The suspects allegedly distributed their narcotics in wax folds stamped with brand names that have been linked to 27 total suspected overdoses across New Jersey, including 14 fatal overdoses.
“By shutting down this drug mill and preventing thousands of doses of suspected heroin and fentanyl from reaching the street – including wax folds of heroin stamped with brand names linked to 14 fatal and 13 nonfatal overdoses – we undoubtedly saved lives,” Grewal said. “Since its formation in late 2018, the State Police Opioid Enforcement Task Force has dismantled over 20 opioid mills and seized two-thirds of a million potentially deadly doses of heroin and fentanyl. We will continue to pursue this aggressive, collaborative strategy, spearheaded by the State Police, to dismantle drug mills and other major drug sources and choke off the supply line of deadly opioids coming into our communities.”
“The deadly drugs that are being manufactured and sold on our streets are decimating communities and destroying families. A deadly dose taken can have the same effect as a bullet fired from a gun,” Callahan said. “By shutting down these illegal drug mills and aggressively pursuing the operators, a message will be sent that law enforcement will not waver in our commitment to rid our neighborhoods of deadly drugs.”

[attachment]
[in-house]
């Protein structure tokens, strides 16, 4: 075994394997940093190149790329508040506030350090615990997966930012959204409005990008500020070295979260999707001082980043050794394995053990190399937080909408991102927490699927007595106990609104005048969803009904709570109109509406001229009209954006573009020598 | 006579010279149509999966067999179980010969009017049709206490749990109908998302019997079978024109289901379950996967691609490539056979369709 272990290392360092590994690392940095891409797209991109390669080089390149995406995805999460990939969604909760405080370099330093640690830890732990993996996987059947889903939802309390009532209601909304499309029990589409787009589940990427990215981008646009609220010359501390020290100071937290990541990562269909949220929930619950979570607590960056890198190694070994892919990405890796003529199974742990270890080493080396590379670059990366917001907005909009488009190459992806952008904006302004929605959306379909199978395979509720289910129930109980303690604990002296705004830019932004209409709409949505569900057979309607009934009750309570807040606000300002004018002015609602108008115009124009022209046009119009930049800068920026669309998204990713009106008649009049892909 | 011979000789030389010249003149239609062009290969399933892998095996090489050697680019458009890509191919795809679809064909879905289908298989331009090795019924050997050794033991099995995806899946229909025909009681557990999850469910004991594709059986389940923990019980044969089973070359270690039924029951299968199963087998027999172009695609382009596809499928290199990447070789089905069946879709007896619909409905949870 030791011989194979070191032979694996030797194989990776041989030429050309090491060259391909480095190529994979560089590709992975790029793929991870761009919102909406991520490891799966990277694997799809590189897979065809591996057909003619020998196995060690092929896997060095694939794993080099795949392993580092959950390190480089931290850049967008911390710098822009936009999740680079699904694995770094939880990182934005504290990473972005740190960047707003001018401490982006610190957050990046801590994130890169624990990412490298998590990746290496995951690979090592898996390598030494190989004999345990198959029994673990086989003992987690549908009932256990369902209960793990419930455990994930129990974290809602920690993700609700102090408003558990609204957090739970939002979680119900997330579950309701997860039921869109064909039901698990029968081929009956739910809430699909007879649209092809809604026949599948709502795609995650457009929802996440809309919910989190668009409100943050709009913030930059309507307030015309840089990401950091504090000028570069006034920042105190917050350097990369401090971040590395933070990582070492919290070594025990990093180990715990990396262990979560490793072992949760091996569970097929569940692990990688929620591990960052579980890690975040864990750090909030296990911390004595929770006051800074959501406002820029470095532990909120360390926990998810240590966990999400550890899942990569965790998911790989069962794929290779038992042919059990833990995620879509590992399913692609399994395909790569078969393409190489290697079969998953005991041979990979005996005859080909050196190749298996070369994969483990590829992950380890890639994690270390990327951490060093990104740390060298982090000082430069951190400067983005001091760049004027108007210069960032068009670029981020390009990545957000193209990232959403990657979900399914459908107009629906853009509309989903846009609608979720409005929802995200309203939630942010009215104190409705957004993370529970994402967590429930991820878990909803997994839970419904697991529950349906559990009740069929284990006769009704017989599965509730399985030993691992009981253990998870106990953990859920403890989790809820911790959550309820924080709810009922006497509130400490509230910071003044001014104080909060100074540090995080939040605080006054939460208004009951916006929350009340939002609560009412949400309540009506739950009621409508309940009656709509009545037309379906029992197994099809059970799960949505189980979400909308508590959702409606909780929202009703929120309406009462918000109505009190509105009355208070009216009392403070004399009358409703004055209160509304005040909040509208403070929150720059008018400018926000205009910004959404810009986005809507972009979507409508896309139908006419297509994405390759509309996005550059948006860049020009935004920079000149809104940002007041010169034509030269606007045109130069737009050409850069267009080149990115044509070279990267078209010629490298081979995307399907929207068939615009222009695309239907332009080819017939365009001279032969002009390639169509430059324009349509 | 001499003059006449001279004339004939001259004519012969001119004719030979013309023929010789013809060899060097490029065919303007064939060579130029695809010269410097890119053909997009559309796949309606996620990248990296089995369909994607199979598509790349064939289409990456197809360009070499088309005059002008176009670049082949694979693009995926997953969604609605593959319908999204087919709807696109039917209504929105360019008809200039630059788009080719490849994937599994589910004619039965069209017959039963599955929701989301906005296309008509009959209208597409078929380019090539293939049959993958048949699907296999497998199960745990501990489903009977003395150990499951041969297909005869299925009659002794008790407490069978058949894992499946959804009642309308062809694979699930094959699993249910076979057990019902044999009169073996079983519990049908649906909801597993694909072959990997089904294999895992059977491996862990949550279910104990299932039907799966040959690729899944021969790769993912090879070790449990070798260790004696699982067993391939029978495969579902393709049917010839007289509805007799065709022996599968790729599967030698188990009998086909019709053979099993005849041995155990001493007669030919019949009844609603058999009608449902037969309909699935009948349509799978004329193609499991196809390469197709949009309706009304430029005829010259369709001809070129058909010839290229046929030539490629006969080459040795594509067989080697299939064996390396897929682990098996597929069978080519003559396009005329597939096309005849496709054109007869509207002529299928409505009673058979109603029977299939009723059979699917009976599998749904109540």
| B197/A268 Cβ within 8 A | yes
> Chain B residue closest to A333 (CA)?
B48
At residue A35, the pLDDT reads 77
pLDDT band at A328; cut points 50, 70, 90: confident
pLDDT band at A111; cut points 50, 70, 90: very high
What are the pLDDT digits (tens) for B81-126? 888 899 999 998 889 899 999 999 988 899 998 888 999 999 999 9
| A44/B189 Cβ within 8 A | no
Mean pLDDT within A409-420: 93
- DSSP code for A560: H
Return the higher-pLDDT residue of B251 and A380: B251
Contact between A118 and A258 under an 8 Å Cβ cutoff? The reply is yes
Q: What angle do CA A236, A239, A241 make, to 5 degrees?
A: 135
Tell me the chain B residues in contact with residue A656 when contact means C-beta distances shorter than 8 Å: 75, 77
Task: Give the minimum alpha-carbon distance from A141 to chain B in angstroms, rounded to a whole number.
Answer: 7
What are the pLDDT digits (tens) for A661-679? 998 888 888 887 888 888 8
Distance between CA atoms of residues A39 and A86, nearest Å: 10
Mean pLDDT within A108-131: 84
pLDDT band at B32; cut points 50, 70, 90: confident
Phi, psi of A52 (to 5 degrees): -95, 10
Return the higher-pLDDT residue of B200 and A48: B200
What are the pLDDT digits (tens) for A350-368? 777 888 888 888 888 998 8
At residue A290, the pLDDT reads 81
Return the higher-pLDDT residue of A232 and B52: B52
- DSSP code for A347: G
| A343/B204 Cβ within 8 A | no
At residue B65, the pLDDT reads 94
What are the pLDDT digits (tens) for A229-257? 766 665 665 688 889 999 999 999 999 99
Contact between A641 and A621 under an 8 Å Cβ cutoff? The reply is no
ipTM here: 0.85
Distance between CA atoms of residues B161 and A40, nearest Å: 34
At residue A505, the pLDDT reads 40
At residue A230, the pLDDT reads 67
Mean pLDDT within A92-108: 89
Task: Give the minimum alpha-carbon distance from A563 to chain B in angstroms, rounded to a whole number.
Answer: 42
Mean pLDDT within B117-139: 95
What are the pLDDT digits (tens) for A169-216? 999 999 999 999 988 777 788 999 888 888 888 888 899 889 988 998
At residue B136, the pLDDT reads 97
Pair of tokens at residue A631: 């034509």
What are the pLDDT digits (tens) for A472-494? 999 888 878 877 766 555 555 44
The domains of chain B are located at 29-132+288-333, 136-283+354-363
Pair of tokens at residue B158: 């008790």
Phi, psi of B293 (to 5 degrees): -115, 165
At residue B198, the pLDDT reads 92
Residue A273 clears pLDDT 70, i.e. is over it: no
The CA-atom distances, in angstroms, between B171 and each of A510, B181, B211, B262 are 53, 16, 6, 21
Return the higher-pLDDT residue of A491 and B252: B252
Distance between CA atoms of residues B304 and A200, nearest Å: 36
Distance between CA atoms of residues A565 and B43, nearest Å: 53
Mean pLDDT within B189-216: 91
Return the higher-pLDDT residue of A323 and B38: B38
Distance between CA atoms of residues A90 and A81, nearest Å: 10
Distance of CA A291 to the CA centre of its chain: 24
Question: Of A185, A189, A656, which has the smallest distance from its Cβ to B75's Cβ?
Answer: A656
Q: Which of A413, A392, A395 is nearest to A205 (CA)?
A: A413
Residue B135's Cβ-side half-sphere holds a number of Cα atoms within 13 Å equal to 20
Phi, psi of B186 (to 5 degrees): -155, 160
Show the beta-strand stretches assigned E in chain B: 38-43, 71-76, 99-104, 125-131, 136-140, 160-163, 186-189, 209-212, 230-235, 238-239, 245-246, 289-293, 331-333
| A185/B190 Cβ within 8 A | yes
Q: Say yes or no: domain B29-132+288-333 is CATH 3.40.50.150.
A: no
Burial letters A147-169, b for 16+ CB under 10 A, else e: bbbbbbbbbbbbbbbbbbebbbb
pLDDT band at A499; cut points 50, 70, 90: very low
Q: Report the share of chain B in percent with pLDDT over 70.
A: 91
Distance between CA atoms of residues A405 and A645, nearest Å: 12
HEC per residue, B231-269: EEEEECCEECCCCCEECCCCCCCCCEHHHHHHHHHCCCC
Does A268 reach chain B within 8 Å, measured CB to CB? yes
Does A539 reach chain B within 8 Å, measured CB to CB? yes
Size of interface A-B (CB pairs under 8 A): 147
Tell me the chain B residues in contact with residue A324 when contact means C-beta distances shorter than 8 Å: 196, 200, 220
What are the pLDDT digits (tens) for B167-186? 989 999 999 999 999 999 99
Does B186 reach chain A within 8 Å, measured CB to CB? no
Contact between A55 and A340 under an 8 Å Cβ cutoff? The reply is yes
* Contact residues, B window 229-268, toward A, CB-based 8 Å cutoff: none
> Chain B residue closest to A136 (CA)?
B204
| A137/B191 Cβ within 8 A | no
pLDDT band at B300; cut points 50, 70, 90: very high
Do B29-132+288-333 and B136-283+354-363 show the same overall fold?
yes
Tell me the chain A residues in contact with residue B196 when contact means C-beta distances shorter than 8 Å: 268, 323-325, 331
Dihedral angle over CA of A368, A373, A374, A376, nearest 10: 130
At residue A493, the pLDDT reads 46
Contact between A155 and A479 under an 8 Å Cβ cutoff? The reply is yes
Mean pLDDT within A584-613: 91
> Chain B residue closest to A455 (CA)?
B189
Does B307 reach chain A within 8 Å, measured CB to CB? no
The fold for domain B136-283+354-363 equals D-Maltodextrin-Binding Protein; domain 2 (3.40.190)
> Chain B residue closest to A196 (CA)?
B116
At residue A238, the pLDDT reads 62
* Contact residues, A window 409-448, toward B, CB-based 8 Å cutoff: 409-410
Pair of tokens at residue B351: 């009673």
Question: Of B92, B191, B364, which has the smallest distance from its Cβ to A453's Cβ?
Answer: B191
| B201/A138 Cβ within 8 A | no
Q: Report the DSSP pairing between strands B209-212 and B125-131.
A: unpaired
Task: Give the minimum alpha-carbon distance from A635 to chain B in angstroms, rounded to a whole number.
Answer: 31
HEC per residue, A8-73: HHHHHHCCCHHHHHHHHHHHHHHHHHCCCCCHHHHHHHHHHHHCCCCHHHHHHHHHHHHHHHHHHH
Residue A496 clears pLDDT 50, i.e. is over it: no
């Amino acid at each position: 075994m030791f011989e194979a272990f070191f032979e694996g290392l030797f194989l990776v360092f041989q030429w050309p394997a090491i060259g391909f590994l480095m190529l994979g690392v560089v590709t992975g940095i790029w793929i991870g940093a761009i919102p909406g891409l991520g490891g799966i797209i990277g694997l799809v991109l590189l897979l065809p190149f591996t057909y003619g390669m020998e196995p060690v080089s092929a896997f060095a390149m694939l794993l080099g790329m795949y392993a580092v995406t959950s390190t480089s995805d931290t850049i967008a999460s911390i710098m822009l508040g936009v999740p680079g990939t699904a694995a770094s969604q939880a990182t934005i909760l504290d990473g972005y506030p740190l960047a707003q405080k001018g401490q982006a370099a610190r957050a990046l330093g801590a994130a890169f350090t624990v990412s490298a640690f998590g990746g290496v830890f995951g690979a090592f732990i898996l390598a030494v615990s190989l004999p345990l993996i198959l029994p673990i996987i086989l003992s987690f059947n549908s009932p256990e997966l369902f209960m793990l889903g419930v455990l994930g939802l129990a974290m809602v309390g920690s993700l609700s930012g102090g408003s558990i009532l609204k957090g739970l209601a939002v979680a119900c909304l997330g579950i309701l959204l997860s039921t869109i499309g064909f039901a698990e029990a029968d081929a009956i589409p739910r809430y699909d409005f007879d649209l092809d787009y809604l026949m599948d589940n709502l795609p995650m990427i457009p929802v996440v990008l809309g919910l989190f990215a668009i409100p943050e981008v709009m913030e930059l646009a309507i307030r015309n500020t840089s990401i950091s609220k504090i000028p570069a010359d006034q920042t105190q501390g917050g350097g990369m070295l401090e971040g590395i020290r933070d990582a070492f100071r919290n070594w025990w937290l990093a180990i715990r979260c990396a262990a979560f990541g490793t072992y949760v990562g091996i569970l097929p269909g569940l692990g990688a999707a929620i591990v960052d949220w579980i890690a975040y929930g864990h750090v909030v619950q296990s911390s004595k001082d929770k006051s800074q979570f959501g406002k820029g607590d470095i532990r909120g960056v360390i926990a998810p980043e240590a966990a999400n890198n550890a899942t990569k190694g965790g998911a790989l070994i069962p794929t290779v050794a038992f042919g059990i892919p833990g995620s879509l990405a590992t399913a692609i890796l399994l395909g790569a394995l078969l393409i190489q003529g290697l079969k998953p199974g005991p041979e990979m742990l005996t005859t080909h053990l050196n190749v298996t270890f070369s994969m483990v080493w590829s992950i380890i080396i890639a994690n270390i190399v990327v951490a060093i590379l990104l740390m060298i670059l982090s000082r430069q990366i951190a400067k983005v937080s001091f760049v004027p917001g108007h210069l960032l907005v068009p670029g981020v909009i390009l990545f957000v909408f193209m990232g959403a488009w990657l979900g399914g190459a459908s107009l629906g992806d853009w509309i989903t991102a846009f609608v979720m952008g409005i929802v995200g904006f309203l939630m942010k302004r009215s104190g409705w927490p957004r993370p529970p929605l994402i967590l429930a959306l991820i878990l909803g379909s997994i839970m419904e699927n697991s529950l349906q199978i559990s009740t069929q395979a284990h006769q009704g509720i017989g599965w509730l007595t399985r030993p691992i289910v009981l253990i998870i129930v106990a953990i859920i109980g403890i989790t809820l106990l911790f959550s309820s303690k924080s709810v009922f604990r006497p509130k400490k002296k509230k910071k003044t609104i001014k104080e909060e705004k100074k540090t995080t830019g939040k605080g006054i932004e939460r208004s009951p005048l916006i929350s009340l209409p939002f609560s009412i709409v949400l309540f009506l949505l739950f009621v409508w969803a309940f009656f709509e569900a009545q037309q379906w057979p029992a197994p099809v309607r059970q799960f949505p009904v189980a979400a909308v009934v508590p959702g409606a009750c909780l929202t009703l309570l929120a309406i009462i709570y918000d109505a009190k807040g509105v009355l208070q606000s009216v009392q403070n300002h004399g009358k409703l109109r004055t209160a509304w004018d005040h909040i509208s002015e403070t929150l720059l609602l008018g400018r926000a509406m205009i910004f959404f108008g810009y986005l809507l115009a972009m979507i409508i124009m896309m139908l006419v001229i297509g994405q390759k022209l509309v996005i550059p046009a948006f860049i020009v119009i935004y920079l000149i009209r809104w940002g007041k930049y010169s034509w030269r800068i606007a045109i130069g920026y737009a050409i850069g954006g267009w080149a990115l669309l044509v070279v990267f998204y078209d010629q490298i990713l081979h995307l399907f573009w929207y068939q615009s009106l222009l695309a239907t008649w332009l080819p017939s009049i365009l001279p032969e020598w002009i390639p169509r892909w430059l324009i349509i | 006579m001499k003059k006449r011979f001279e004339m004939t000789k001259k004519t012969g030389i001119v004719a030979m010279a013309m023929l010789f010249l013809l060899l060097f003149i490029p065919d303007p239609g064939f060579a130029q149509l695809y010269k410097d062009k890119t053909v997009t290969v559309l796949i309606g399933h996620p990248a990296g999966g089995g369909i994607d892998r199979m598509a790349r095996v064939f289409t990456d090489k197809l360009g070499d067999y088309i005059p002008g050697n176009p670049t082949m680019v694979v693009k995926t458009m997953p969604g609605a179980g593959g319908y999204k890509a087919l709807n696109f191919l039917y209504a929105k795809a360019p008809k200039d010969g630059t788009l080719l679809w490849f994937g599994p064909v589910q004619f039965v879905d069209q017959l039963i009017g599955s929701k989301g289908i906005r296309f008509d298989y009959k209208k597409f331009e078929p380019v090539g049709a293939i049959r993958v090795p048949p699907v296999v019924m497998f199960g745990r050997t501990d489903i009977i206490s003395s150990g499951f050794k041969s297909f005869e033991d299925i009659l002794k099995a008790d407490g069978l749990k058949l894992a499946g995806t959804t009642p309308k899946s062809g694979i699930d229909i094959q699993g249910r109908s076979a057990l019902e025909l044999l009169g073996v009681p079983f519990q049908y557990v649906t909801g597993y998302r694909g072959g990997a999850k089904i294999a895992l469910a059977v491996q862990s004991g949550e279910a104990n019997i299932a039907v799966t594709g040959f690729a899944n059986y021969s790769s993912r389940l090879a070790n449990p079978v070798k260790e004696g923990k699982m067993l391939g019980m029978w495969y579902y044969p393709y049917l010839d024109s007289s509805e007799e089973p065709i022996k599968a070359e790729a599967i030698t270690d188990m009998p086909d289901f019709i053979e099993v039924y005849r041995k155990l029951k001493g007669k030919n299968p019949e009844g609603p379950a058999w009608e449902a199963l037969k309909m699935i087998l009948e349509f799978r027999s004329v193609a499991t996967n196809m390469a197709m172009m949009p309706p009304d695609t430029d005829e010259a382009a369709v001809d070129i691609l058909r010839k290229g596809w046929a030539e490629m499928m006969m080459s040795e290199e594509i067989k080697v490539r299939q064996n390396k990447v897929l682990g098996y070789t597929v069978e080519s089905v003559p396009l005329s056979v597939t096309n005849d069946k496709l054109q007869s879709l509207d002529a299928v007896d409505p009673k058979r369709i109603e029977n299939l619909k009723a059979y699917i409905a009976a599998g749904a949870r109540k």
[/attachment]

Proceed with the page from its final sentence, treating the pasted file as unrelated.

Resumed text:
During a month-long investigation, detectives from the New Jersey State Police Trafficking North Unit determined that an opioid mill was being operated out of a residence on Cliff Street in Paterson. On Tuesday, July 14, detectives from the New Jersey State Police Trafficking North Unit along with members of the New Jersey State Police Opioid Enforcement Task Force observed several alleged drug transaction at the residence between the occupants of a Toyota Camry, Honda Odyssey, and an Infiniti QX6.